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Resort Tax Summit reveals shared challenges across state



By Bay Stephens EBS Staff Writer

BIG SKY – In the third annual Resort Tax Summit, members from Montana’s various resort tax areas and communities convened on Nov. 30 in the Big Sky Resort Area District office to discuss shared challenges in sharing short-term rental data from the state and fair tax remittance from businesses operating within their boundaries.

Attendants included resort tax members from Gardiner, West Yellowstone, Whitefish, Virginia City, and Red Lodge, as well as Big Sky resort tax board members.

A common thorn in the side of these resort tax areas and communities is that, although they provide lists of known short-term rentals in their respective resort tax boundaries, the state doesn’t share their lists of the same data, which would allow the resort tax areas and communities to cross reference and ensure short-term rental owners are remitting their share of resort tax.

“This seems to be something we’re all facing,” Big Sky resort tax chairperson Kevin Germain said. “One thing I can’t believe is that we can’t share information with the state and get information back …” While the state can use the information to collect lodging tax from VRBO-type rentals, the resort tax entities must develop their own lists, often through paying for services such as STR Helper or MUNIRevs, which help ensure short-term rental compliance with local tax laws.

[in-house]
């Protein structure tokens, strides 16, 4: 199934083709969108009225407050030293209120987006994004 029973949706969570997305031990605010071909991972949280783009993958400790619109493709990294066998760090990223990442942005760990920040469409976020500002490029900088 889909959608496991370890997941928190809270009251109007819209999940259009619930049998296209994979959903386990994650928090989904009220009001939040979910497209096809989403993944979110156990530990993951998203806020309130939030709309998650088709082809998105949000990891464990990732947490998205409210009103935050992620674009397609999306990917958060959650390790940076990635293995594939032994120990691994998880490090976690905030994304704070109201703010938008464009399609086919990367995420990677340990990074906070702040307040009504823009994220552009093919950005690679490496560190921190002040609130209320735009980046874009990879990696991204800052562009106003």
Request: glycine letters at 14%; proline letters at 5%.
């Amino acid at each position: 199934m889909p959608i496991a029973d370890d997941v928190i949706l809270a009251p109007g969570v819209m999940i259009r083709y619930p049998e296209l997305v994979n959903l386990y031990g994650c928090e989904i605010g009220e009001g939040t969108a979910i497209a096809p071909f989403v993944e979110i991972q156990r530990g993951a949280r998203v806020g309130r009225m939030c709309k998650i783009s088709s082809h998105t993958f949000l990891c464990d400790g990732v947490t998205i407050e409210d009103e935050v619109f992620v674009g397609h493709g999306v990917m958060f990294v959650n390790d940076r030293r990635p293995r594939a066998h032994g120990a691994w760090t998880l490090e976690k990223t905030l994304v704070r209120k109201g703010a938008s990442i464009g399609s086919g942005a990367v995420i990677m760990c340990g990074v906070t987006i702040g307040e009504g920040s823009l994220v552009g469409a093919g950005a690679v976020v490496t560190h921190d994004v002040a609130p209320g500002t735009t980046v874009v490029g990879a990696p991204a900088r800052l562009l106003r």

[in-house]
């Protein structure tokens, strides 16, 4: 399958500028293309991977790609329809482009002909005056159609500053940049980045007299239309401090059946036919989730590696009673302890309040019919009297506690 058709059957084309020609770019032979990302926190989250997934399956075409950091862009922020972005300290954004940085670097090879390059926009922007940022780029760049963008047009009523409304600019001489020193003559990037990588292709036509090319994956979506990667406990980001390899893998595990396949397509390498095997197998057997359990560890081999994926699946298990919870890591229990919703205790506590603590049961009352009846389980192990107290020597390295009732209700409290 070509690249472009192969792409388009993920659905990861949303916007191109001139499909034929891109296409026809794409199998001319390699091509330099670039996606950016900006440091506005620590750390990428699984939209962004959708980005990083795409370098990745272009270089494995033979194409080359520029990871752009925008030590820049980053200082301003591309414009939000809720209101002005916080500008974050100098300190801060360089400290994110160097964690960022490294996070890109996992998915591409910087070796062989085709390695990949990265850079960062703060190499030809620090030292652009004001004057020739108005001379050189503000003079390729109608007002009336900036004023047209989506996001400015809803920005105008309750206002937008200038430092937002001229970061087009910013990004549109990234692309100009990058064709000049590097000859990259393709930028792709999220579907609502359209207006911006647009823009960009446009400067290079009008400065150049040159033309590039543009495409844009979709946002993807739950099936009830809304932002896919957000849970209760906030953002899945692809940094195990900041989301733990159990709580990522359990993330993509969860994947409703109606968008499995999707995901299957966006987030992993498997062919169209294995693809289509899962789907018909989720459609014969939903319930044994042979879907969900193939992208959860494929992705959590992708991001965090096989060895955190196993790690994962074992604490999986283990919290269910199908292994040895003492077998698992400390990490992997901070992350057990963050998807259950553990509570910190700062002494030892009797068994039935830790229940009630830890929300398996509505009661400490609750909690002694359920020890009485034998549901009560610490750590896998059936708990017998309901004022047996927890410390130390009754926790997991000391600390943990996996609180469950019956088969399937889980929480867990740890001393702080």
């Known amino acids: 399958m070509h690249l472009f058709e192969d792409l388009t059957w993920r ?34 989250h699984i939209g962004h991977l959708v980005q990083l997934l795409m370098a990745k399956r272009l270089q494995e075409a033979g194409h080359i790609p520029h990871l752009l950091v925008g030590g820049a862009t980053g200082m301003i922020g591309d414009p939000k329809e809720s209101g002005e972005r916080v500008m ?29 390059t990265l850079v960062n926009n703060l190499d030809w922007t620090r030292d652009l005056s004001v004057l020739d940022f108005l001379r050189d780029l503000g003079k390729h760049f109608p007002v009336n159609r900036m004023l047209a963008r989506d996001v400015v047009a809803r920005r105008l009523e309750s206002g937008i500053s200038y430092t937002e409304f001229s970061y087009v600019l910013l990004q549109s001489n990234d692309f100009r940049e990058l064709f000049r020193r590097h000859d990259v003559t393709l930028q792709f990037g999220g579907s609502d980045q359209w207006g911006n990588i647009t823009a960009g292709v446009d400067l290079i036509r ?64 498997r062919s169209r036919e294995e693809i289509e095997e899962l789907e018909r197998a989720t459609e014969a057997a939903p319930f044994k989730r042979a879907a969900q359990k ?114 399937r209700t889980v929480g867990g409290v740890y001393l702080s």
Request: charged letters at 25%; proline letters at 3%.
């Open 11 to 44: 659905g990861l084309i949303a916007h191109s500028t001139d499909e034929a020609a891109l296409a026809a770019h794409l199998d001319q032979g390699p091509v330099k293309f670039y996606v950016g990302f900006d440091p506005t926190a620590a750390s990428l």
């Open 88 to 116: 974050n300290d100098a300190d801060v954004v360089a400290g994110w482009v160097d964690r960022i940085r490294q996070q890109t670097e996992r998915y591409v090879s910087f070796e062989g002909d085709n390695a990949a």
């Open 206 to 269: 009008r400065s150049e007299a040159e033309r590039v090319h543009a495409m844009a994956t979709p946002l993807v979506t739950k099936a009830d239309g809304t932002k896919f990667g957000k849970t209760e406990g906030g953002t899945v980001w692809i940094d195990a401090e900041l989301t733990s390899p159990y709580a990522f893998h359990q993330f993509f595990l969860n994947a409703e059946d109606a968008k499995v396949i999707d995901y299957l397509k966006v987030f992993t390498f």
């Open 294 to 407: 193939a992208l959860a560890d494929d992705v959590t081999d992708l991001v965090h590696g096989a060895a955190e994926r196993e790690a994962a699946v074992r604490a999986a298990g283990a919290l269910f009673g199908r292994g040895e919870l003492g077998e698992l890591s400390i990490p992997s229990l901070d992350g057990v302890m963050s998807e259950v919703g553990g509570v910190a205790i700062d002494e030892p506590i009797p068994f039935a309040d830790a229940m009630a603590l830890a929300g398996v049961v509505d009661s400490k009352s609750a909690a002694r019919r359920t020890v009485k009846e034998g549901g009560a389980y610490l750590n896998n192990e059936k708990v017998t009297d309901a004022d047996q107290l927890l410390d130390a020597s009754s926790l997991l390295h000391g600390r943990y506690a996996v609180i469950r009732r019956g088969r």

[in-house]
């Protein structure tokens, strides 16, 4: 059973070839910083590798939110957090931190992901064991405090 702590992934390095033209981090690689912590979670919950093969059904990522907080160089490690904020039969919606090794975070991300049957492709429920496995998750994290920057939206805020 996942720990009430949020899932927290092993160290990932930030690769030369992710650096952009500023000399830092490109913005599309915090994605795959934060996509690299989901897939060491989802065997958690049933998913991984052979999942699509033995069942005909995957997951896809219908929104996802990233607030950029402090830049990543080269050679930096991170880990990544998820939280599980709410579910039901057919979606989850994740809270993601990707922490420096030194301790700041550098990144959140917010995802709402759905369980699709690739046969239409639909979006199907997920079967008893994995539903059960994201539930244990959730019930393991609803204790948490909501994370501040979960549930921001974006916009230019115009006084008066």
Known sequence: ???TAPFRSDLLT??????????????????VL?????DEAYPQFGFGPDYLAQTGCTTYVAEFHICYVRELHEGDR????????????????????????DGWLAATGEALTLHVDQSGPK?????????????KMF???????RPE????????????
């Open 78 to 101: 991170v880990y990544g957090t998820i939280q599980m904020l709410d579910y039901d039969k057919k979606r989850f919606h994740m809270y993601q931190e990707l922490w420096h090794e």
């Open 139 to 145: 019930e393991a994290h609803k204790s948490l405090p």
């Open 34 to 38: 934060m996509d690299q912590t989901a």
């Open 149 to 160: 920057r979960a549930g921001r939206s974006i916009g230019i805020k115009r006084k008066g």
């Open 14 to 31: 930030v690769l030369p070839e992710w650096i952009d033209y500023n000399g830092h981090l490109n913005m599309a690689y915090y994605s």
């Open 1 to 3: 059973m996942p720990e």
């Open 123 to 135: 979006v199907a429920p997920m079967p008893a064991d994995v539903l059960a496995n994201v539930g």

In June, Montana and Airbnb reportedly entered into an agreement in which the rental organization will collect lodging sales tax from guests and remit them to the state, according to the Great Falls Tribune. Although the state is protective of lodging tax, Big Sky resort tax vice chair Steve Johnson said they don’t appear concerned about resort tax compliance throughout the state.

“I think there’s little education on what resort tax is and what we bring to the state in some regards,” said Whitney Brunner, the operations officer for Big Sky resort tax, adding that the resort areas and communities had been excluded from the state’s negotiation process with Airbnb.

In Big Sky, short-term rentals have significantly exacerbated the affordable housing shortage, taking long-term rentals off the market, restricting supply and driving up long-term rental rates, in turn hindering a readily available local workforce. According to Brunner, MUNIRevs has mapped over 1,000 short-term rentals at different times of year in the Big Sky area.

“The impact [of short-term rentals] on affordable housing for our workforce is tragic,” Johnson said. “I think we’re all saying that.”

Short-term rentals that do not remit resort tax in Big Sky also gain an unfair advantage over other lodging enterprises and diminish collections direly needed in the burgeoning resort area.

The group chorused a general frustration with the state’s lack of transparency.